Feasibility of using global positioning systems (GPS) with diverse urban adults: before and after data on perceived acceptability, barriers, and ease of use.

Shannon N. Zenk, Amy J. Schulz, Angela M. Odoms-Young, Joellen Wilbur, Stephen Matthews, Cindy Gamboa, Lani R. Wegrzyn, Susan Hobson, Carmen Stokes

Research output: Contribution to journalArticlepeer-review

23 Scopus citations

Abstract

Global positioning systems (GPS) have emerged as a research tool to better understand environmental influences on physical activity. This study examined the feasibility of using GPS in terms of perceived acceptability, barriers, and ease of use in a racially/ethnically diverse sample of lower socioeconomic position (SEP). Data were from 2 pilot studies involving a total of 170 African American, Hispanic, and White urban adults with a mean (standard deviation) age of 47.8 (±13.1) years. Participants wore a GPS for up to 7 days. They answered questions about GPS acceptability, barriers (wear-related concerns), and ease of use before and after wearing the GPS. We found high ratings of GPS acceptability and ease of use and low levels of wear-related concerns, which were maintained after data collection. While most were comfortable with their movements being tracked, older participants (P < .05) and African Americans (P < .05) reported lower comfort levels. Participants who were younger, with higher education, and low incomes were more likely to indicate that the GPS made the study more interesting (P < .05). Participants described technical and wear-related problems, but few concerns related to safety, loss, or appearance. Use of GPS was feasible in this racially/ethnically diverse, lower SEP sample.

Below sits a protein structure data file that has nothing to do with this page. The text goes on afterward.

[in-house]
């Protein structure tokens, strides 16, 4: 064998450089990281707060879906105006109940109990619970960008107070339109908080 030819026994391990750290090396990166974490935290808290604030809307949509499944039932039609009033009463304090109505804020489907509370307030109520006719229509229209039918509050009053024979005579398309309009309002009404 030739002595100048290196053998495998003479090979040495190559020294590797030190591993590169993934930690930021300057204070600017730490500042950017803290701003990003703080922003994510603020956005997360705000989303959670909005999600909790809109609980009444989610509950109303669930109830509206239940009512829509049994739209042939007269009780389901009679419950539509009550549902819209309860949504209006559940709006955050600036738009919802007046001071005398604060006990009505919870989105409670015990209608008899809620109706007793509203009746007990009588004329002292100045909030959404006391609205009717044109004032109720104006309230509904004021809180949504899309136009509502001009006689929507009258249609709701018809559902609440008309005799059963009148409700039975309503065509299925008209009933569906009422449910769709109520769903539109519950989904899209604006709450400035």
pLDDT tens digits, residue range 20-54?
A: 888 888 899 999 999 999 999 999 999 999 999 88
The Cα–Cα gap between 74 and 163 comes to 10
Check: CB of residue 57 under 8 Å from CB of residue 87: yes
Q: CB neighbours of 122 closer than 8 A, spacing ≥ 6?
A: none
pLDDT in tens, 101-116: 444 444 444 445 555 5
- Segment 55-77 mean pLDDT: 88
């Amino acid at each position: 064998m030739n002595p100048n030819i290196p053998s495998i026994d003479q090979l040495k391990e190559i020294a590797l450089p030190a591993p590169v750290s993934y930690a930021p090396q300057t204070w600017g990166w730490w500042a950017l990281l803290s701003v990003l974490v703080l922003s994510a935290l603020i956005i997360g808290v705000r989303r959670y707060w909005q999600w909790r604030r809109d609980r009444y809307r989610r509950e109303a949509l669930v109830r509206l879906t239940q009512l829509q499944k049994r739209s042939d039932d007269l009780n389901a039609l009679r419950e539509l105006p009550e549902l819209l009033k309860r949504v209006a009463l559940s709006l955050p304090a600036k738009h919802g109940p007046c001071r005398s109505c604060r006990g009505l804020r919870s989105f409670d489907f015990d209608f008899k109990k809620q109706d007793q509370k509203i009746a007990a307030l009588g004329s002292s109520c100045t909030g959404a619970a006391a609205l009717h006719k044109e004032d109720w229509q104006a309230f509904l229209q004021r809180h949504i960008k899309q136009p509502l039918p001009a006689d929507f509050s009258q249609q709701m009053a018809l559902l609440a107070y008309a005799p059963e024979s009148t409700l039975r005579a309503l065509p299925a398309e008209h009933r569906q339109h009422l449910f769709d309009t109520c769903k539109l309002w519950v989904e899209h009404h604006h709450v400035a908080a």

Original languageEnglish (US)
Pages (from-to)924-934
Number of pages11
JournalJournal of physical activity & health
Volume9
Issue number7
DOIs
StatePublished - Sep 2012

All Science Journal Classification (ASJC) codes

  • Orthopedics and Sports Medicine

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